Chess Developments — The Sicilian Dragon

David Vigorito

Reviewer: John Donaldson
Everyman Chess
320 pages

Chess Developments: The Sicilian Dragon by International Master David Vigorito is part of a new series by Everyman that is a break from traditional opening books that attempt to cover all variations in a comprehensive fashion. Recognizing that the explosion of opening theory in the past decade has made such books all but impossible to write and even harder to use, this series focuses instead on the most critical lines of the past five years.

This selectivity can be seen in the variations Vigorito has chosen to cover. The reader will not find lesser lines like the Levenfish (6.f4), Classical (6.Be2) or Fianchetto variations (6.g3) where Black has no existing theoretical difficulties. Nor will they find Black tries in the Yugoslav Attack with ……Qa5 which however exciting have proved wanting against precise play. Instead Vigorito covers the following critical variations:

Part I: 9 Bc4 Bd7

1 Soltis Variation: 10.0-0-0 Rc8 11.Bb3 Ne5 12.h4 h5 9
2 Modern Variation: 10.0-0-0 Rc8 11.Bb3 Ne5 12.Kb1 58
3 Topalov Variation: 10.0-0-0 Rc8 11.Bb3 Nxd4 89
4 Chinese Variation: 10.0-0-0 Rb8 116
5 Accelerated Variation: 10.Bb3 Nxd4 11Bxd4 b5 141

Part II: 9.0-0-0 and 9.g4 165

6 9.0-0-0 d5 10 exd5 167
7 9.0-0-0 d5 10 Qe1 206
8 9.0-0-0 d5 10 Kb1 225
9 9.0-0-0 Nxd4 and 9…Bd7 255
10 9.g4

While Vigorito provides quality coverage and interesting new ideas, what makes this book particularly valuable are his observations. For example after 1.e4 c5 2.Nf3 d6 3.d4 cxd4 4.Nxd4 Nf6 5.Nc3 g6 6.Be3 Bg7 7.f3 Nc6 8.Qd2 0-0 9.0-0-0 Nxd4 10.Bxd4 Be6 11.Kb1 (!) He writes:

“This is the real test of Black’s system. Other moves are possible of course, but this move essentially gains a tempo and is clearly best.” [Note: while 11.Nd5 (Grischuk – Nakamura, Moscow 2012) was successful for White, it appears to have been at least in part for its surprise value.]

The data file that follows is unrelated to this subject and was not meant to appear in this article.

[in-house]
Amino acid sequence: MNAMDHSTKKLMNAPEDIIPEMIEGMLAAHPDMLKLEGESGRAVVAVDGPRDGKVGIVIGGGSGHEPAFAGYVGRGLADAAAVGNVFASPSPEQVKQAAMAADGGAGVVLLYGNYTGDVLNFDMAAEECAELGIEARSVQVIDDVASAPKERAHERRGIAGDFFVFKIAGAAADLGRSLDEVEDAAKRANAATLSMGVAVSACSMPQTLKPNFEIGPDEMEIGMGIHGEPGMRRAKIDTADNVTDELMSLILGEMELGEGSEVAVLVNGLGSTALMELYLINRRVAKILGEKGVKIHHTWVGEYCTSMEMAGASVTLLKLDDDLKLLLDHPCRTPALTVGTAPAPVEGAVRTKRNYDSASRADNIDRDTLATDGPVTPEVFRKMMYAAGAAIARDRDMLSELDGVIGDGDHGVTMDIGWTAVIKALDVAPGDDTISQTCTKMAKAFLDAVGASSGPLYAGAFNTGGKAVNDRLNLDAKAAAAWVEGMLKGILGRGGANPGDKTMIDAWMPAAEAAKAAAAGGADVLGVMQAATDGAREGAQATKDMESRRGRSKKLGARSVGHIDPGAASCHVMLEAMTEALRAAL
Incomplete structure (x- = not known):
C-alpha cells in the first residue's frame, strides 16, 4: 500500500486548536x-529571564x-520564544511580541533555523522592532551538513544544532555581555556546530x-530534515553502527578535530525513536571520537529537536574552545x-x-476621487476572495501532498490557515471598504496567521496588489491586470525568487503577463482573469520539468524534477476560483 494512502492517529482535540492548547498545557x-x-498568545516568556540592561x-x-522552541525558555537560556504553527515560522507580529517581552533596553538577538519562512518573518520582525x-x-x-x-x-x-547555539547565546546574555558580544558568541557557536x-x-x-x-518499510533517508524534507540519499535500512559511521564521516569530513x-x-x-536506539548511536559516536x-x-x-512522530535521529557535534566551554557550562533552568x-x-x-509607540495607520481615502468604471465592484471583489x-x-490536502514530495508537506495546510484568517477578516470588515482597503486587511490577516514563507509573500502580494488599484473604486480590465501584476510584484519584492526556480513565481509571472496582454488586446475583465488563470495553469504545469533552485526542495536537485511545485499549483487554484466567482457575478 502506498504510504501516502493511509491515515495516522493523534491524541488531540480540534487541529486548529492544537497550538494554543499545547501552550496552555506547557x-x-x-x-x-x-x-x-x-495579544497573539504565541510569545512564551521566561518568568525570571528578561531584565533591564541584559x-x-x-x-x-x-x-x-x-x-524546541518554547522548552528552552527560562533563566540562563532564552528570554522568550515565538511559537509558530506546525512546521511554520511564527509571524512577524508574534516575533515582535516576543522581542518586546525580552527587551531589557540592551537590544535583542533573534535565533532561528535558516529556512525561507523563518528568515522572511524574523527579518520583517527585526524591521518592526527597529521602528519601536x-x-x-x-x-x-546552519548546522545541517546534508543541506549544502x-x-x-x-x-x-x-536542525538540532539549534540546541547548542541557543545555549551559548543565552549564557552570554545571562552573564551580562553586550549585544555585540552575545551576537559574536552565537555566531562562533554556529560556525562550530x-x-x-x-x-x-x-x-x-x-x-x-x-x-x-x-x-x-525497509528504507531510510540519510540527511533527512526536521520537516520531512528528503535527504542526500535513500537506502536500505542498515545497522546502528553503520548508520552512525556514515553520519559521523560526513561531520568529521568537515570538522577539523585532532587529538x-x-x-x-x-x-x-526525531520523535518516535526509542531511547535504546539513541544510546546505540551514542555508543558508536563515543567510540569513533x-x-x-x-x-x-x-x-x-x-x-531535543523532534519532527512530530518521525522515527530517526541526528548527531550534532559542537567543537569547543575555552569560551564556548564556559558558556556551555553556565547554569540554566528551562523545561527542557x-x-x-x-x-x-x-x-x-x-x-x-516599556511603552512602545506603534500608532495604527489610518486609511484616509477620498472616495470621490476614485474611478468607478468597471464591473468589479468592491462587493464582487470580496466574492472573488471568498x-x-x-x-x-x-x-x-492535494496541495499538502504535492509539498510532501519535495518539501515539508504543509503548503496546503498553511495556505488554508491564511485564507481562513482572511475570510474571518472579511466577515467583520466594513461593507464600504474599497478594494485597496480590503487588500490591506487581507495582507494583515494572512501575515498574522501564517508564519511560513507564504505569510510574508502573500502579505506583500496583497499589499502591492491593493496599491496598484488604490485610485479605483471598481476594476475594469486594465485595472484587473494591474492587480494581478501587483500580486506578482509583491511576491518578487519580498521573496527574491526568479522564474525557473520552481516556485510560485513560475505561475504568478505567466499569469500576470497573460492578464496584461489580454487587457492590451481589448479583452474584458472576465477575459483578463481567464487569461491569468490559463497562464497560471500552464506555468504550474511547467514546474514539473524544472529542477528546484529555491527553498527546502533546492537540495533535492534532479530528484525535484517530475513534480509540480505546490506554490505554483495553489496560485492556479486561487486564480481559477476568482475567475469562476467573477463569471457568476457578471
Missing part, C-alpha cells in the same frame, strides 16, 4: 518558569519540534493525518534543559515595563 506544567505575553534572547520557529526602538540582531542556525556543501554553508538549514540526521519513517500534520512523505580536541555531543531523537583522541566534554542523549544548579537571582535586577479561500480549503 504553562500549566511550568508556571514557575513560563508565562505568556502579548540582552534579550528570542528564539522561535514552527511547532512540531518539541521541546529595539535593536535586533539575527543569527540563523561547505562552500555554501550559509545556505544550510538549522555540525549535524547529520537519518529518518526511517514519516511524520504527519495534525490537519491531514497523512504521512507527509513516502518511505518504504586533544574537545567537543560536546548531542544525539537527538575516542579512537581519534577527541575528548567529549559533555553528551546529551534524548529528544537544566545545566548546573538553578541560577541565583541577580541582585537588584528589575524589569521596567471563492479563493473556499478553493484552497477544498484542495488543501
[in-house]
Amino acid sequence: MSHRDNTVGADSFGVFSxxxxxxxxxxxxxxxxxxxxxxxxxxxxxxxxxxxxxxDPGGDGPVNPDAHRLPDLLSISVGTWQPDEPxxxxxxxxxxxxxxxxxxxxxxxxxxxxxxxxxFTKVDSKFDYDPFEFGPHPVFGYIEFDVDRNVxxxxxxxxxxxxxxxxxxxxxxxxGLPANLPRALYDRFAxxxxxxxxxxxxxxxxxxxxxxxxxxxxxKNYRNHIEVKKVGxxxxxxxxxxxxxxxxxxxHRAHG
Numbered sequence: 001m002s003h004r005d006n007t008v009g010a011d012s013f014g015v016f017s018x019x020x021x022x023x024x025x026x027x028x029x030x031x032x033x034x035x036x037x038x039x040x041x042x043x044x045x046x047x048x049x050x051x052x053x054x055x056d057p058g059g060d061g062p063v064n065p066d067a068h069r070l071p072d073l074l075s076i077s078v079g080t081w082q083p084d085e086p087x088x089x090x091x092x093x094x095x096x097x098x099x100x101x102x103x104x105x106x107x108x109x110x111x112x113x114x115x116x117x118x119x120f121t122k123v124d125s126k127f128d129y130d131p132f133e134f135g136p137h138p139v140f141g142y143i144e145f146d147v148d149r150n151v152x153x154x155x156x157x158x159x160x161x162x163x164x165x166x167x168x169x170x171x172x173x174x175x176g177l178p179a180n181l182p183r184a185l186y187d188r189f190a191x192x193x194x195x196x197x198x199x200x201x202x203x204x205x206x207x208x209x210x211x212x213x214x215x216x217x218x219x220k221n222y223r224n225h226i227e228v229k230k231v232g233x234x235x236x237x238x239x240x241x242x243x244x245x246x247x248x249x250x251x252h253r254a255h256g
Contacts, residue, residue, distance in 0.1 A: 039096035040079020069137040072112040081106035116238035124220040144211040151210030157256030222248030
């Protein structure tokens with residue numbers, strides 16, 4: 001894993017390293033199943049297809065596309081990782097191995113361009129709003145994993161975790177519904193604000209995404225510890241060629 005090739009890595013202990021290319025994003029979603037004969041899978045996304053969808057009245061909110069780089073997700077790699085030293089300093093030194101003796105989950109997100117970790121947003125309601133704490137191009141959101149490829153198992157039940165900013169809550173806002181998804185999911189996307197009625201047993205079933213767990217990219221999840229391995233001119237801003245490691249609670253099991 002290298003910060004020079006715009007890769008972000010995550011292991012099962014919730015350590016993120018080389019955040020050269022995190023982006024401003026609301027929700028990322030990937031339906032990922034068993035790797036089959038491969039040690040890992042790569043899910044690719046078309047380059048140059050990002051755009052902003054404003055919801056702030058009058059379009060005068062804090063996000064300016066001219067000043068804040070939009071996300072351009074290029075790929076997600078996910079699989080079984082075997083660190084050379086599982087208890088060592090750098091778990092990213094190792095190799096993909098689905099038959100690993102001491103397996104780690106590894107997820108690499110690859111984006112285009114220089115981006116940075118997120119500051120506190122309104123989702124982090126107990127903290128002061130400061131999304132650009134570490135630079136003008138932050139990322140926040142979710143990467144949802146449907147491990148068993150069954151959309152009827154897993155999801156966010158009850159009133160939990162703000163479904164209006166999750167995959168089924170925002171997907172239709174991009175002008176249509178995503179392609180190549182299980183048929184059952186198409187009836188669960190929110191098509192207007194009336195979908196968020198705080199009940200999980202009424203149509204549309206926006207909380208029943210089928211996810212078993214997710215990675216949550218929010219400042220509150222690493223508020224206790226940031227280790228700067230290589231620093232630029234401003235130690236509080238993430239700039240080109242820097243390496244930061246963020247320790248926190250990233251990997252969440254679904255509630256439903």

One surprisingly tough nut for White to crack has been the Dragon/Accelerated Dragon variation 1.e4 c5 2.Nf3 d6 3.d4 cxd4 4.Nxd4 Nf6 5.Nc3 g6 6.Be3 Bg7 7.f3 Nc6 8.Qd2 0-0 9.Bc4 Bd7 10.Bb3 Nxd4 11.Bxd4 b5. Accelerated Dragon players should take note that in this book the line is analyzed exclusively via the Dragon move order and not 1.e4 c5 2.Nf3 Nc6 3.d4 cxd4 4.Nxd4 g6 5.Nc3 Bg7 6.Be3 Nf6 7.Bc4 0-0 8.Bb3 d6 9.f3 Bd7 where White has the additional option 10.h4 which is not covered here. This doesn’t necessarily lead to independent play but the Accelerated Dragon fan who wishes to stay out of the main lines of the Dragon might have appreciated some coverage of the critical 10……a5 11.a4 Nxd4 12.Bxd4 Be6 (a position known to favor White with his h-pawn on h2. With it on h4 matters are considerably less clear).

This very small caveat aside, Chess Developments: The Sicilian Dragon can be warmly recommended to Dragon aficionados from 1800 on up. Vigorito’s reputation as a first rate author continues to grow.